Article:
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China selling Treasuries:
http://www.breitbart.com/article.php...show_article=1

Quote:
A decision by China to reduce its US Treasury holdings suggests concern about the US attitude towards its economic woes, Chinese economists were quoted as saying in state media Wednesday.

The remarks, coming after US data showed a modest decline in Chinese investments in US government bonds, were in contrast to an earlier statement in Beijing which had said the recent sell-off was a routine transaction.

"China is implying to the US, more or less, that it should adopt a more pragmatic and responsible attitude to maintain the stability of the dollar," He Maochun, a political scientist at Tsinghua University, told the Global Times.

According to US Treasury data issued Monday, Beijing owned 763.5 billion dollars in US securities in April, down from 767.9 billion dollars in March.
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  #28  
Old 06-18-2009, 05:14 PM
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Let's watch next week:
http://www.cnbc.com/id/31429270

Quote:
The Treasury announced Thursday a record $104 billion worth of bond auctions for next week, part of its herculean efforts to finance a rescue of the world's largest economy.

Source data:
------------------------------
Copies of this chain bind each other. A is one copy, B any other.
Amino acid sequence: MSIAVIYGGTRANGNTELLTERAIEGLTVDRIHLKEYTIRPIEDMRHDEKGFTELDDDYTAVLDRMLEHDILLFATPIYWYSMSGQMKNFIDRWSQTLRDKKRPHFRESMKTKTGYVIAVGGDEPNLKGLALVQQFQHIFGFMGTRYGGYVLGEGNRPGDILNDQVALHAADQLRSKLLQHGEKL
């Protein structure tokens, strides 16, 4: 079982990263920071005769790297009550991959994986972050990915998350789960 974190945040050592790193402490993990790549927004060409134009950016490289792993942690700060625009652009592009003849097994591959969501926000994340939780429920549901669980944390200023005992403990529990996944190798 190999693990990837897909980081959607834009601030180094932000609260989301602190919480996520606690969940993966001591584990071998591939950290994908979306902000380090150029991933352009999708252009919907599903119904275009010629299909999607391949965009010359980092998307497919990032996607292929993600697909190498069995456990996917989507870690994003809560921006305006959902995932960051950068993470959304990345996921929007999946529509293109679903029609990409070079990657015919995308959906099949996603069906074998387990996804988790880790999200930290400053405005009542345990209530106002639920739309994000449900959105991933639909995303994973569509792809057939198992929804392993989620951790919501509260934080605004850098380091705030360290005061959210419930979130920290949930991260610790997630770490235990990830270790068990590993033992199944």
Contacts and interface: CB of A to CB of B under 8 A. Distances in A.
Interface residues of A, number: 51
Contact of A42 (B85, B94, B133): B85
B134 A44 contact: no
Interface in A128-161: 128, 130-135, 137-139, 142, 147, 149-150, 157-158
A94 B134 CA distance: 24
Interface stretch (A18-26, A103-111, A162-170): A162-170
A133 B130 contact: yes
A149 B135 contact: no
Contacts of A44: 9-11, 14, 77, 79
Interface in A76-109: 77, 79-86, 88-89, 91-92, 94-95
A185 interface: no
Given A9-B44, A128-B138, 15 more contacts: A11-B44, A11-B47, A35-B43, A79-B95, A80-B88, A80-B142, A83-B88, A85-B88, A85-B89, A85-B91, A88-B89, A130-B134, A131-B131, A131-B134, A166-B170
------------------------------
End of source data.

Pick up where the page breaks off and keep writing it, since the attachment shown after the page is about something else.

The sales will exceed the previous record of $101 billion set in auctions that took place in the last week of April and consist of two-year, five-year and seven-year securities. That record was matched by another $101 billion week in May.
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  #29  
Old 06-24-2009, 07:34 PM
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http://www.bloomberg.com/apps/news?p...d=aEAWXPUcE6Ww

Quote:
une 24 (Bloomberg) -- Treasuries fell for the first time in four days as the Federal Reserve kept the size of its asset- purchase programs unchanged, failing to ease concern that record government borrowing may lead to higher interest rates.

Yields rose the most on longer-maturity debt even as policy makers said inflation will remain “subdued for some time.” Fed Chairman Ben S. Bernanke has emphasized that the central bank can successfully take back more than $1 trillion it pumped into the U.S. banking system to pull the economy out of recession without stoking inflation.